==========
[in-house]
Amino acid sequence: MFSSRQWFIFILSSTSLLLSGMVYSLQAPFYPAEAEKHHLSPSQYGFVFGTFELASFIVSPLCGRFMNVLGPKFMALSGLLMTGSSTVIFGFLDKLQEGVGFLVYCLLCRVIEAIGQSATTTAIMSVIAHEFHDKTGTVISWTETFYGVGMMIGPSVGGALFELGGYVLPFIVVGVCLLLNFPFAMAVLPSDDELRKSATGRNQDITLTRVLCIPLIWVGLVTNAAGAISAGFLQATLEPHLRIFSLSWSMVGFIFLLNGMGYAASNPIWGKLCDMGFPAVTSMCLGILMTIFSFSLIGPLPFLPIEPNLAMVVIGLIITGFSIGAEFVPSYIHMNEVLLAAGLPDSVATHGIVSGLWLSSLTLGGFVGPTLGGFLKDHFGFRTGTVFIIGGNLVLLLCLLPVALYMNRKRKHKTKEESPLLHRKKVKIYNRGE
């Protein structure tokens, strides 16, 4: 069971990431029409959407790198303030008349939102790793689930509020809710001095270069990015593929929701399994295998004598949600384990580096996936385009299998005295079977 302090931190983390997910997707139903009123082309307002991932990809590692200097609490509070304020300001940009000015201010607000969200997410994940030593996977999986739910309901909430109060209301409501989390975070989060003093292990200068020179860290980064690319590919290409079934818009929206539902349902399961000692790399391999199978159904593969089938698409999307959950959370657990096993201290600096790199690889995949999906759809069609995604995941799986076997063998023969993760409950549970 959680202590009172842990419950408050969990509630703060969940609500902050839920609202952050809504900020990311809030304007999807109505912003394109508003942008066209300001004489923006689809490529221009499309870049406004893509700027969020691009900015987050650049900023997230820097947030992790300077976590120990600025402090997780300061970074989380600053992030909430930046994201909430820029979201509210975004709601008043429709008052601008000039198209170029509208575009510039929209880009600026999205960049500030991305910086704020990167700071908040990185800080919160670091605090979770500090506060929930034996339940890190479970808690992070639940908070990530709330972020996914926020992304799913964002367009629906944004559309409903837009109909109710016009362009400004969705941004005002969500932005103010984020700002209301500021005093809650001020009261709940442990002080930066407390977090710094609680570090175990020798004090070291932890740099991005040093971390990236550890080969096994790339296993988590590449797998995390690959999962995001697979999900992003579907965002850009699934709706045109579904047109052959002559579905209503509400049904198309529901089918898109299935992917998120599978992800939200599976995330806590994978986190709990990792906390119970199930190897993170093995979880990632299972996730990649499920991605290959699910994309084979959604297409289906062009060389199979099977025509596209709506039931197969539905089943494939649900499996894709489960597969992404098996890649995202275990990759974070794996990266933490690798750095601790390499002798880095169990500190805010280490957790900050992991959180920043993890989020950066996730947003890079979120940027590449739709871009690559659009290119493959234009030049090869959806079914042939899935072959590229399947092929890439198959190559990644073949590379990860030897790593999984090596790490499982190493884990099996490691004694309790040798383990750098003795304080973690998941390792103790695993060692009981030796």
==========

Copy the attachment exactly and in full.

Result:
[in-house]
Amino acid sequence: MFSSRQWFIFILSSTSLLLSGMVYSLQAPFYPAEAEKHHLSPSQYGFVFGTFELASFIVSPLCGRFMNVLGPKFMALSGLLMTGSSTVIFGFLDKLQEGVGFLVYCLLCRVIEAIGQSATTTAIMSVIAHEFHDKTGTVISWTETFYGVGMMIGPSVGGALFELGGYVLPFIVVGVCLLLNFPFAMAVLPSDDELRKSATGRNQDITLTRVLCIPLIWVGLVTNAAGAISAGFLQATLEPHLRIFSLSWSMVGFIFLLNGMGYAASNPIWGKLCDMGFPAVTSMCLGILMTIFSFSLIGPLPFLPIEPNLAMVVIGLIITGFSIGAEFVPSYIHMNEVLLAAGLPDSVATHGIVSGLWLSSLTLGGFVGPTLGGFLKDHFGFRTGTVFIIGGNLVLLLCLLPVALYMNRKRKHKTKEESPLLHRKKVKIYNRGE
């Protein structure tokens, strides 16, 4: 069971990431029409959407790198303030008349939102790793689930509020809710001095270069990015593929929701399994295998004598949600384990580096996936385009299998005295079977 302090931190983390997910997707139903009123082309307002991932990809590692200097609490509070304020300001940009000015201010607000969200997410994940030593996977999986739910309901909430109060209301409501989390975070989060003093292990200068020179860290980064690319590919290409079934818009929206539902349902399961000692790399391999199978159904593969089938698409999307959950959370657990096993201290600096790199690889995949999906759809069609995604995941799986076997063998023969993760409950549970 959680202590009172842990419950408050969990509630703060969940609500902050839920609202952050809504900020990311809030304007999807109505912003394109508003942008066209300001004489923006689809490529221009499309870049406004893509700027969020691009900015987050650049900023997230820097947030992790300077976590120990600025402090997780300061970074989380600053992030909430930046994201909430820029979201509210975004709601008043429709008052601008000039198209170029509208575009510039929209880009600026999205960049500030991305910086704020990167700071908040990185800080919160670091605090979770500090506060929930034996339940890190479970808690992070639940908070990530709330972020996914926020992304799913964002367009629906944004559309409903837009109909109710016009362009400004969705941004005002969500932005103010984020700002209301500021005093809650001020009261709940442990002080930066407390977090710094609680570090175990020798004090070291932890740099991005040093971390990236550890080969096994790339296993988590590449797998995390690959999962995001697979999900992003579907965002850009699934709706045109579904047109052959002559579905209503509400049904198309529901089918898109299935992917998120599978992800939200599976995330806590994978986190709990990792906390119970199930190897993170093995979880990632299972996730990649499920991605290959699910994309084979959604297409289906062009060389199979099977025509596209709506039931197969539905089943494939649900499996894709489960597969992404098996890649995202275990990759974070794996990266933490690798750095601790390499002798880095169990500190805010280490957790900050992991959180920043993890989020950066996730947003890079979120940027590449739709871009690559659009290119493959234009030049090869959806079914042939899935072959590229399947092929890439198959190559990644073949590379990860030897790593999984090596790490499982190493884990099996490691004694309790040798383990750098003795304080973690998941390792103790695993060692009981030796």